Turn It Up!
I’ve been blasting an early release of the Sons of Bill’s new album “Sirens” in my car for the past few days, and I can’t seem to make myself turn the volume down. I know I should know better having already abused my eardrums years ago singing and playing with loud stage monitors, but I have no self-control this time. The album is that good.
I suppose I could be a little biased -- I’ve followed the band from the beginning. Even before the beginning, really. I first met Sons of Bill front man, James Wilson, ten years ago when his former bluegrass band, Free Union Farm Boys, was playing at an afternoon party in Batesville, Virginia. The players had all just graduated from high school, and I remember being really impressed with their sound and stage presence. James – clearly the front man -- was on upright bass and vocals. During a break, I struck up a conversation with him. We talked about his goals for the group and about the music scene in general. He was very focused and polite, and it took quite a bit of convincing to get him to stop referring to me as “m’am.” He was also incredibly passionate about music.
Ten years later, now on guitar -- and joined by his brothers Sam and Abe (lead guitar and keyboards) as well as long-time friends Seth Green and Todd Wellons (bass and drums) -- James is still passionate about music, and rightfully so. Just after Sons of Bill put out their self-released debut album “A Far Cry from Freedom” back in 2006, they signed with Red Light Management – the same company that manages the Dave Matthews Band, Alicia Keys, the Decembrists, Tim McGraw, Taj Mahal, Amos Lee and Mary Chapin Carpenter, to mention only a few.
The band’s second recording “One Town Away” was released in 2009. Produced by Jim Scott (Wilco, Tom Petty, Whiskeytown), the album garnered fans across the country and shows with Robert Earl Keen, Robert Randolph and the Family Band, and Jason Isbell (formerly of the Drive-by-Truckers). Not bad for a young group just out of the gate.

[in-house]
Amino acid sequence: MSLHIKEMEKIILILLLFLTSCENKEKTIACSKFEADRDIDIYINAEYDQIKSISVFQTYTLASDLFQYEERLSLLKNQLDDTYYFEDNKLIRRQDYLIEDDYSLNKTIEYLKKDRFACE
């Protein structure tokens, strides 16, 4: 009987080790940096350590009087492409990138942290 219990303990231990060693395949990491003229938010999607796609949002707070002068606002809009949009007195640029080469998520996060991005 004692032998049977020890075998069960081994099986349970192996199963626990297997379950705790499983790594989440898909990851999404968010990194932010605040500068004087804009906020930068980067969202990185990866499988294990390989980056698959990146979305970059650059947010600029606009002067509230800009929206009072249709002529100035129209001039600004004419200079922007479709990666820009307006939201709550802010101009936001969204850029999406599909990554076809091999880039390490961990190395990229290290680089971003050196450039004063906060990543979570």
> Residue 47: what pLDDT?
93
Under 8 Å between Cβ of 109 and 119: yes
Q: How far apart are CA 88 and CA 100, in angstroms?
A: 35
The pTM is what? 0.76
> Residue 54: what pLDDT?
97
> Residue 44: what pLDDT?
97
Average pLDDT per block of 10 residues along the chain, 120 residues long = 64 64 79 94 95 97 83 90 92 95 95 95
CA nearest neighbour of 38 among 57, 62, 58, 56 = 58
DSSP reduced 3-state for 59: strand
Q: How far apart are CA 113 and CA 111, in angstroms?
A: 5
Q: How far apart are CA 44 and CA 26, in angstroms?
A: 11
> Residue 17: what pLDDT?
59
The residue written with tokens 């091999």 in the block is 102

In an interview a few years back, guitarist Sam Wilson summed up their sound pretty well saying, "We really just wanted to capture the timeless spirit of country music without denying the rock influences we've all accumulated in various bands over the years."
Speaking of influences, I’m also a big fan of the band’s namesake, Bill Wilson, who happens to be the Wilson brothers’ father and one of their main musical mentors. Throughout their childhood, the boys heard their dad playing and singing folk and country tunes on his guitar. Now Bill joins the band -- along with a dozen other Charlottesville guest musicians -- every December for their annual Charlottesville Christmas show benefiting local charities. It’s a family affair, really. The Wilson’s brother, Luke, and sister, Julia, play in the show as well, and Todd’s dad, Bill, sits in on drums.
When I asked James why the band puts so much time and energy into producing a show every year with so many other artists, his response was clear. In this age of digital music and social media – when music can be created by one person alone in a room with a synthesizer and a listener need only sit at a desk and click on computer to hear music -- the band feels it’s important to help create and maintain a sense of community – for musicians as well as their fans. What can I say? I’m a sucker when it comes to family, community and live music.
Now, three years and countless miles since their last recording, the Sons of Bill are set to release their long-awaited third CD “Sirens” on March 26. Produced by David Lowery of Cracker (who also produced Counting Crows), the band and their fans are hoping this will be the album that takes them to the next level -- the one that says they have officially “arrived.” Riding around listening to the CD blaring in my car, I am totally engrossed in the music. I’m singing along, keeping the beat, banging my hand against the steering wheel. I’m missing turns and driving past destinations. While I may end up a bit lost or late, I feel quite certain the band has arrived.
Maybe I’m biased. Or maybe – and I’m feeling pretty confident about this – it’s just a great album. Turn it up!